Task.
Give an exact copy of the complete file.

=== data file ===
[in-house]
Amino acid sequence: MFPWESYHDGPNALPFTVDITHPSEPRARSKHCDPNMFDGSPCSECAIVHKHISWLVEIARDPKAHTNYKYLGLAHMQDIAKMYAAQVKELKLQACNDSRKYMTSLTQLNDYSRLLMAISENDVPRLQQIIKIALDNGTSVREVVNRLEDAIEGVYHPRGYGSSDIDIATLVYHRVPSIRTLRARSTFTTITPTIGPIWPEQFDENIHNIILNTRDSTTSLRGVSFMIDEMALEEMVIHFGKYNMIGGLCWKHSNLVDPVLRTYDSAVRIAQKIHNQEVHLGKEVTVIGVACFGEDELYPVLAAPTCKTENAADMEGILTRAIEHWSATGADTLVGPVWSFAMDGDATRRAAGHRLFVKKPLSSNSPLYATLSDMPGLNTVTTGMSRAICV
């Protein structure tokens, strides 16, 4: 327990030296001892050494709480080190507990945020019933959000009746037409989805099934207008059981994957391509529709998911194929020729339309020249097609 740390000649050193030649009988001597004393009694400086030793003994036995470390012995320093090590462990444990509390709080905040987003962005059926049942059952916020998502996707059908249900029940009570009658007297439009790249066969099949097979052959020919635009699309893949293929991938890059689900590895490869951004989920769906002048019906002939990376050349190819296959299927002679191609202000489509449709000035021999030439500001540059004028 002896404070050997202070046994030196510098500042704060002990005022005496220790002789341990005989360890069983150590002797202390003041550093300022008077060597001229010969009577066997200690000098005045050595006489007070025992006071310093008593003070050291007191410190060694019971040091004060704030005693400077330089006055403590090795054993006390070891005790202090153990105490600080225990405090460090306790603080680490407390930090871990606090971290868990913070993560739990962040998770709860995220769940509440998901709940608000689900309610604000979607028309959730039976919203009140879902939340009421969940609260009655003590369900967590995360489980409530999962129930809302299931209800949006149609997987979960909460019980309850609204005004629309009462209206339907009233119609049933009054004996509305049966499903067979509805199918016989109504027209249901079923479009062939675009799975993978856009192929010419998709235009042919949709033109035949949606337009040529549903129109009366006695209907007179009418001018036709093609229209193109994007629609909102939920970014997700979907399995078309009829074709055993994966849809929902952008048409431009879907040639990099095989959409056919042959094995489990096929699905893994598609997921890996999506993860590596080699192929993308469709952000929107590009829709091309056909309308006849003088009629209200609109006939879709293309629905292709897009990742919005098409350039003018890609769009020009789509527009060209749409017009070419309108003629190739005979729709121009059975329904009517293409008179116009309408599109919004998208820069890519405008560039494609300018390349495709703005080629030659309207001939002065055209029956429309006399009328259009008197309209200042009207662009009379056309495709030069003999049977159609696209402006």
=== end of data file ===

[in-house]
Amino acid sequence: MFPWESYHDGPNALPFTVDITHPSEPRARSKHCDPNMFDGSPCSECAIVHKHISWLVEIARDPKAHTNYKYLGLAHMQDIAKMYAAQVKELKLQACNDSRKYMTSLTQLNDYSRLLMAISENDVPRLQQIIKIALDNGTSVREVVNRLEDAIEGVYHPRGYGSSDIDIATLVYHRVPSIRTLRARSTFTTITPTIGPIWPEQFDENIHNIILNTRDSTTSLRGVSFMIDEMALEEMVIHFGKYNMIGGLCWKHSNLVDPVLRTYDSAVRIAQKIHNQEVHLGKEVTVIGVACFGEDELYPVLAAPTCKTENAADMEGILTRAIEHWSATGADTLVGPVWSFAMDGDATRRAAGHRLFVKKPLSSNSPLYATLSDMPGLNTVTTGMSRAICV
């Protein structure tokens, strides 16, 4: 327990030296001892050494709480080190507990945020019933959000009746037409989805099934207008059981994957391509529709998911194929020729339309020249097609 740390000649050193030649009988001597004393009694400086030793003994036995470390012995320093090590462990444990509390709080905040987003962005059926049942059952916020998502996707059908249900029940009570009658007297439009790249066969099949097979052959020919635009699309893949293929991938890059689900590895490869951004989920769906002048019906002939990376050349190819296959299927002679191609202000489509449709000035021999030439500001540059004028 002896404070050997202070046994030196510098500042704060002990005022005496220790002789341990005989360890069983150590002797202390003041550093300022008077060597001229010969009577066997200690000098005045050595006489007070025992006071310093008593003070050291007191410190060694019971040091004060704030005693400077330089006055403590090795054993006390070891005790202090153990105490600080225990405090460090306790603080680490407390930090871990606090971290868990913070993560739990962040998770709860995220769940509440998901709940608000689900309610604000979607028309959730039976919203009140879902939340009421969940609260009655003590369900967590995360489980409530999962129930809302299931209800949006149609997987979960909460019980309850609204005004629309009462209206339907009233119609049933009054004996509305049966499903067979509805199918016989109504027209249901079923479009062939675009799975993978856009192929010419998709235009042919949709033109035949949606337009040529549903129109009366006695209907007179009418001018036709093609229209193109994007629609909102939920970014997700979907399995078309009829074709055993994966849809929902952008048409431009879907040639990099095989959409056919042959094995489990096929699905893994598609997921890996999506993860590596080699192929993308469709952000929107590009829709091309056909309308006849003088009629209200609109006939879709293309629905292709897009990742919005098409350039003018890609769009020009789509527009060209749409017009070419309108003629190739005979729709121009059975329904009517293409008179116009309408599109919004998208820069890519405008560039494609300018390349495709703005080629030659309207001939002065055209029956429309006399009328259009008197309209200042009207662009009379056309495709030069003999049977159609696209402006």